Monday, September 17, 2012

How nothing else matters

I'm ditching work again just to write about something that's on my heart right at this moment.

Some time ago I mentioned how I feel about Northrend generally. I'd like to share a particular memory, probably my dearest pure WoW memory in history. It's one that I really treasure and cherish.

Today I've spent a lot of time mining with Vlad and just recently I went back to Northrend, Borean Tundra and Howling Fjord in particular, to ease his shortage of cobalt. I was, as usual, reminded of when I did the Explore Northrend achievement that awards Tabard of the Explorer with Nicasia. I only had the slowest flying skill, so I made slow progress, but dear Naaru how I enjoyed that. Similarly to how some people say that vanilla was the best time of WoW - they don't miss the server crashes, endless grinds, unpractical mechanics, severely unbalanced class performance or buffing a 40 man raid every 5 minutes. They miss the feeling they had when they were doing it, and the truth is they're never getting it back, just like I'm never getting back my Wrath of the Lich King. For me it was the golden age of WoW, and this song is my memento of it:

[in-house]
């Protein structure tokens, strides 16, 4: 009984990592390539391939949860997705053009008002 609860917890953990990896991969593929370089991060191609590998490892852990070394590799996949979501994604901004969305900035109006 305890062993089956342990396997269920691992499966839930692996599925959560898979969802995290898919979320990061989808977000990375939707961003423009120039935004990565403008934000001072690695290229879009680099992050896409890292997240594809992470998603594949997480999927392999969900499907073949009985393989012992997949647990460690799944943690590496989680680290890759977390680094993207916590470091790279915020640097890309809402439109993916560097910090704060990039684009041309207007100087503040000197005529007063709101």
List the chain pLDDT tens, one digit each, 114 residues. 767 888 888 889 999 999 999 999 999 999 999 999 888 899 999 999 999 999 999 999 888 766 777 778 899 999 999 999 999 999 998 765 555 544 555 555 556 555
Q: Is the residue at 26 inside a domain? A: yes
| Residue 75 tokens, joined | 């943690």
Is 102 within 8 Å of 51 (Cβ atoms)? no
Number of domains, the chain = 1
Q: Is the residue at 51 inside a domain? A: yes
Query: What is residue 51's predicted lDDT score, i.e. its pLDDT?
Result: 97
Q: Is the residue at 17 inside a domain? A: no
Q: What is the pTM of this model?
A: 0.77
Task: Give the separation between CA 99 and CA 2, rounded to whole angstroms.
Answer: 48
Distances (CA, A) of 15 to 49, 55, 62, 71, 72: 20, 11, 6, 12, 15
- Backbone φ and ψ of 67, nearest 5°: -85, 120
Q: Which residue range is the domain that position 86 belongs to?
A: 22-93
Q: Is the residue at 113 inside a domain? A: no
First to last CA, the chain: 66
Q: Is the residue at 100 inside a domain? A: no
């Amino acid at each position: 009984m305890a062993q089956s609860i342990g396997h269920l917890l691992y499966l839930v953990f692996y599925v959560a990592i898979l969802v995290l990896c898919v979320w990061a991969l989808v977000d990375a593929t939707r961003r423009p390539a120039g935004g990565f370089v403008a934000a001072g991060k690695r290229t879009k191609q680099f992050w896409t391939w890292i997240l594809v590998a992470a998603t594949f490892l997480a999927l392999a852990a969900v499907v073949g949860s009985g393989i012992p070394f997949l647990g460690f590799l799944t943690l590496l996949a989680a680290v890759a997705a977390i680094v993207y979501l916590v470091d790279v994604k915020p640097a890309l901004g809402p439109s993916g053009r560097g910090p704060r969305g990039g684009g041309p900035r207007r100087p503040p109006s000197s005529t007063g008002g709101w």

It's not exactly the version that I listened to, but similar enough.

Back then I couldn't play with the graphics I do these days; in fact I couldn't even dream of it. I played with custom graphics that were lower than low, to make fight situations as tolerable as possible. I knew much less of the game than I do these days, both lore- and mechanics-wise. Dalaran lagged like hell, but that music still gives me positive vibes, no matter what.

The elemental unrest world event awakens similar feelings in me, although it was already on the edge of the modern era of my WoW life; not quite like that hazy part, such as your childhood that you're not quite sure about, it just makes you feel a certain way for what it is. I don't know if I'd go back to those times if I could. Probably. Maybe. I don't know. After all it's good that time traveling isn't (yet) possible. It would make things like 'moving on' very, very hard. The cost of living in the past is the present.

Why I wanted to write about this now is not just because I got reminded of it once again, but because it's one of those things that make the future seem light and hopeful. It represents how nothing else matters except the way you feel about it and what you can get out of it. Even though it's been long since my Northrend exploration, I'm still able to feel the exact same feelings I did back then. I sincerely hope that people take things as they come. Forget about the preconceptions and drop the prejudice attitude. Because you never know, it might just turn out to be something great, you only need to let it be that.

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